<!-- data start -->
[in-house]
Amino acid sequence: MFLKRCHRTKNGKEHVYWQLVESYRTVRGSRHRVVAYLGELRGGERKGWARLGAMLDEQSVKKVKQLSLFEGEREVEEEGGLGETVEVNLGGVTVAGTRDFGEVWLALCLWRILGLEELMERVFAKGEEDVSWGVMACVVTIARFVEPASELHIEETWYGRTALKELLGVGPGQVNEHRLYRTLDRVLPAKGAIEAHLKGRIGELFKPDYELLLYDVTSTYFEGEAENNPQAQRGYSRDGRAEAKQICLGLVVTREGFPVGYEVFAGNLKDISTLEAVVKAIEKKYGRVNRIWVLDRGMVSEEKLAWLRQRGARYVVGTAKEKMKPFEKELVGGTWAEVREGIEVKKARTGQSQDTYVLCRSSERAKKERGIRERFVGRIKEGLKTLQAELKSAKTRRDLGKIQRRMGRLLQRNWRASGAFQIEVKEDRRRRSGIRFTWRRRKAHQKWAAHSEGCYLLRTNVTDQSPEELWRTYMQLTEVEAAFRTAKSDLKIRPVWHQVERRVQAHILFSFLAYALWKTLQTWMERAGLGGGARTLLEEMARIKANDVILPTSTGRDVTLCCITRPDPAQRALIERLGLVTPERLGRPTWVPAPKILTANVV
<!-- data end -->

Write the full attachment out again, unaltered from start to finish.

[in-house]
Amino acid sequence: MFLKRCHRTKNGKEHVYWQLVESYRTVRGSRHRVVAYLGELRGGERKGWARLGAMLDEQSVKKVKQLSLFEGEREVEEEGGLGETVEVNLGGVTVAGTRDFGEVWLALCLWRILGLEELMERVFAKGEEDVSWGVMACVVTIARFVEPASELHIEETWYGRTALKELLGVGPGQVNEHRLYRTLDRVLPAKGAIEAHLKGRIGELFKPDYELLLYDVTSTYFEGEAENNPQAQRGYSRDGRAEAKQICLGLVVTREGFPVGYEVFAGNLKDISTLEAVVKAIEKKYGRVNRIWVLDRGMVSEEKLAWLRQRGARYVVGTAKEKMKPFEKELVGGTWAEVREGIEVKKARTGQSQDTYVLCRSSERAKKERGIRERFVGRIKEGLKTLQAELKSAKTRRDLGKIQRRMGRLLQRNWRASGAFQIEVKEDRRRRSGIRFTWRRRKAHQKWAAHSEGCYLLRTNVTDQSPEELWRTYMQLTEVEAAFRTAKSDLKIRPVWHQVERRVQAHILFSFLAYALWKTLQTWMERAGLGGGARTLLEEMARIKANDVILPTSTGRDVTLCCITRPDPAQRALIERLGLVTPERLGRPTWVPAPKILTANVV